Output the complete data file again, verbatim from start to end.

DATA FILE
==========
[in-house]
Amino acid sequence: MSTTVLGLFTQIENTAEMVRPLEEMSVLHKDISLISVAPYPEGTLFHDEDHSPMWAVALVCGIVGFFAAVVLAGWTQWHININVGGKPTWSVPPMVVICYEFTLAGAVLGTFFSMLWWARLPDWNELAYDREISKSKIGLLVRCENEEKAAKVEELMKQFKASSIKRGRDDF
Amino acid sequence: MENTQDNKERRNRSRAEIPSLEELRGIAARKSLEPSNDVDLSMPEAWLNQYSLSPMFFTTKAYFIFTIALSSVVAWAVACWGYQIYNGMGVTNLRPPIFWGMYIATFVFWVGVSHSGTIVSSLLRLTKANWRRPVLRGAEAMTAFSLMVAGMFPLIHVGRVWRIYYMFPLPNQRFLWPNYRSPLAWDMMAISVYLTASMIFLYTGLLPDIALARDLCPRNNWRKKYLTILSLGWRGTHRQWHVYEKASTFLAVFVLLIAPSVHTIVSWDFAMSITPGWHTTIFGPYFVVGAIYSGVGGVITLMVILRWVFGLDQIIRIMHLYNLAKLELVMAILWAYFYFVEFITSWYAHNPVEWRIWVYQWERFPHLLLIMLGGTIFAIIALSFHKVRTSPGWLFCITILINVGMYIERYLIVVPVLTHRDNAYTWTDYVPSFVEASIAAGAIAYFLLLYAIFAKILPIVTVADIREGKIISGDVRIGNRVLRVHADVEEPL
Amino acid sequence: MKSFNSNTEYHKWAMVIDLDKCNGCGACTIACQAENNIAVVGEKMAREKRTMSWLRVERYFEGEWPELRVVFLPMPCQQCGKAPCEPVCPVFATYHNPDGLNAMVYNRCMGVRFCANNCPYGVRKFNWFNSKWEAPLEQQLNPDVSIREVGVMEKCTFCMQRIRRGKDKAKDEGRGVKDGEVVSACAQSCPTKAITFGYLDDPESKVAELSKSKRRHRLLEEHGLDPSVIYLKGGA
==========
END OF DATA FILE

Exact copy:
[in-house]
Amino acid sequence: MSTTVLGLFTQIENTAEMVRPLEEMSVLHKDISLISVAPYPEGTLFHDEDHSPMWAVALVCGIVGFFAAVVLAGWTQWHININVGGKPTWSVPPMVVICYEFTLAGAVLGTFFSMLWWARLPDWNELAYDREISKSKIGLLVRCENEEKAAKVEELMKQFKASSIKRGRDDF
Amino acid sequence: MENTQDNKERRNRSRAEIPSLEELRGIAARKSLEPSNDVDLSMPEAWLNQYSLSPMFFTTKAYFIFTIALSSVVAWAVACWGYQIYNGMGVTNLRPPIFWGMYIATFVFWVGVSHSGTIVSSLLRLTKANWRRPVLRGAEAMTAFSLMVAGMFPLIHVGRVWRIYYMFPLPNQRFLWPNYRSPLAWDMMAISVYLTASMIFLYTGLLPDIALARDLCPRNNWRKKYLTILSLGWRGTHRQWHVYEKASTFLAVFVLLIAPSVHTIVSWDFAMSITPGWHTTIFGPYFVVGAIYSGVGGVITLMVILRWVFGLDQIIRIMHLYNLAKLELVMAILWAYFYFVEFITSWYAHNPVEWRIWVYQWERFPHLLLIMLGGTIFAIIALSFHKVRTSPGWLFCITILINVGMYIERYLIVVPVLTHRDNAYTWTDYVPSFVEASIAAGAIAYFLLLYAIFAKILPIVTVADIREGKIISGDVRIGNRVLRVHADVEEPL
Amino acid sequence: MKSFNSNTEYHKWAMVIDLDKCNGCGACTIACQAENNIAVVGEKMAREKRTMSWLRVERYFEGEWPELRVVFLPMPCQQCGKAPCEPVCPVFATYHNPDGLNAMVYNRCMGVRFCANNCPYGVRKFNWFNSKWEAPLEQQLNPDVSIREVGVMEKCTFCMQRIRRGKDKAKDEGRGVKDGEVVSACAQSCPTKAITFGYLDDPESKVAELSKSKRRHRLLEEHGLDPSVIYLKGGA